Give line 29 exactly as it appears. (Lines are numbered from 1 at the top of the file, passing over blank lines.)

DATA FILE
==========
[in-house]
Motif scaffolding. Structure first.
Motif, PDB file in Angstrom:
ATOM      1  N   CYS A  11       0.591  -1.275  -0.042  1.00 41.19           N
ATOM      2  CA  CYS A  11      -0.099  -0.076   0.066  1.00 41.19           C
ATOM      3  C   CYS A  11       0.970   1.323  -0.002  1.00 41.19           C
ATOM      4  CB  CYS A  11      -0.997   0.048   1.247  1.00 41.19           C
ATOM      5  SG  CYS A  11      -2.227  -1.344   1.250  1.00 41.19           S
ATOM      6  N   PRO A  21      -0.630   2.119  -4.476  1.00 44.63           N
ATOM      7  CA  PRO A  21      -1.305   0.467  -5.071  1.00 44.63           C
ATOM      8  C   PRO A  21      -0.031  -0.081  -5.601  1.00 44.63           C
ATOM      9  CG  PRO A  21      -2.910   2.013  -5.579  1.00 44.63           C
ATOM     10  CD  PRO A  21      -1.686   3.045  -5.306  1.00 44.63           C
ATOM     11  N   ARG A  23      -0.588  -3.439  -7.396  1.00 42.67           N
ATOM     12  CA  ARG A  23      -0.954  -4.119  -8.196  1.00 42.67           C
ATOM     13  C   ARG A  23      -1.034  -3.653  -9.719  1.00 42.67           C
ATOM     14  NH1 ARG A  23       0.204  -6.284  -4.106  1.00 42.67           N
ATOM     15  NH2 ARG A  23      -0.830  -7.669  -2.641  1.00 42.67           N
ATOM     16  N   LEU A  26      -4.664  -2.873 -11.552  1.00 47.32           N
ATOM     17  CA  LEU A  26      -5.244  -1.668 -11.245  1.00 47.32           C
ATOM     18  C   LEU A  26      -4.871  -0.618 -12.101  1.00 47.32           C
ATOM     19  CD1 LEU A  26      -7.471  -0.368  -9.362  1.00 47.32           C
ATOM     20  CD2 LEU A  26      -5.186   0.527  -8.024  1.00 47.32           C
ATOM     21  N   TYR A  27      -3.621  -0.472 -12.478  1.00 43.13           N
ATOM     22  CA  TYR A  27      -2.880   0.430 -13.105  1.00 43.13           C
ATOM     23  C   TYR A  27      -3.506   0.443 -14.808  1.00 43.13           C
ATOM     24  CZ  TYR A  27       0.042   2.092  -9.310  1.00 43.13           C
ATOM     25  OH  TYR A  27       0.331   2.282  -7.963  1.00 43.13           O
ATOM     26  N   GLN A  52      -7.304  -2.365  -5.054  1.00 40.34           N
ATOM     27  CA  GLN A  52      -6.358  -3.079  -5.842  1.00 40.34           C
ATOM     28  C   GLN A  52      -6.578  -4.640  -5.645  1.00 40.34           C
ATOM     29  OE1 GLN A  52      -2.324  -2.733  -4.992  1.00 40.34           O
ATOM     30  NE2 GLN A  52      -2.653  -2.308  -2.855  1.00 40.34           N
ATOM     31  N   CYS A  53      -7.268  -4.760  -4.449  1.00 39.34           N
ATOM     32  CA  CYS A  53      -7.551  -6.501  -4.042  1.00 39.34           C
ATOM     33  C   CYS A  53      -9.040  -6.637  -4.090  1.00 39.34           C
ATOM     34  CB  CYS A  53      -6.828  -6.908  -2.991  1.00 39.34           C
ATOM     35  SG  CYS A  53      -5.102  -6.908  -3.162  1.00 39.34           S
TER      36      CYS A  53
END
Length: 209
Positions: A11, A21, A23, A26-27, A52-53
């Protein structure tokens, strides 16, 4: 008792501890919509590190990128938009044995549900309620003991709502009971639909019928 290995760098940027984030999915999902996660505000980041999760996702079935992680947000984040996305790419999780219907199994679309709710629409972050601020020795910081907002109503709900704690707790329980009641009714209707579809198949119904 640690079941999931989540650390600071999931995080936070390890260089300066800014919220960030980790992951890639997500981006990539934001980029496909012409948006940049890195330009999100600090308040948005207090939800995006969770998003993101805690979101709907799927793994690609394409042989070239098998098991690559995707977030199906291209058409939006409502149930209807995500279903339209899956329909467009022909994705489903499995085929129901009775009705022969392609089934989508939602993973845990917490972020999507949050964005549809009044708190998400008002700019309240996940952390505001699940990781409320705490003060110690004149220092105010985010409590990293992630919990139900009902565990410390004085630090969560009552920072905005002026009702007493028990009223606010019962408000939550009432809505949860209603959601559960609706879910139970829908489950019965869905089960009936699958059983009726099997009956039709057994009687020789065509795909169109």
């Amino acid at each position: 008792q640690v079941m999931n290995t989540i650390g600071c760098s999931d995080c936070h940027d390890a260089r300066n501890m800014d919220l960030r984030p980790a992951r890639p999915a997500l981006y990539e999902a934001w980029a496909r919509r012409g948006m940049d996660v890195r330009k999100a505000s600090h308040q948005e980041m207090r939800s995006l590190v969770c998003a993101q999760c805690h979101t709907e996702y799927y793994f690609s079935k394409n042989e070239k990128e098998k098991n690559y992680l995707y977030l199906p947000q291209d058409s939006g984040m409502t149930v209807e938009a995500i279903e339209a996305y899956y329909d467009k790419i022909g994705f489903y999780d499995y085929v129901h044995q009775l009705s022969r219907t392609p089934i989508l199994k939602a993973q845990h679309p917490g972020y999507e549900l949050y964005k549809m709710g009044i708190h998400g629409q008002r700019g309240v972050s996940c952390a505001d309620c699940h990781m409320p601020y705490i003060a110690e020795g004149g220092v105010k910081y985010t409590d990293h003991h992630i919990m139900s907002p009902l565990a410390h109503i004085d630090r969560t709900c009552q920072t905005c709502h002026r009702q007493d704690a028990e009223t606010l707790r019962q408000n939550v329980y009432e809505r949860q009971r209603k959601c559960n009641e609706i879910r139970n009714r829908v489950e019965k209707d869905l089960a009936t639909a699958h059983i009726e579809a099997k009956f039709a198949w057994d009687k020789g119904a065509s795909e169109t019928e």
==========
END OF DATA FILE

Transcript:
ATOM     26  N   GLN A  52      -7.304  -2.365  -5.054  1.00 40.34           N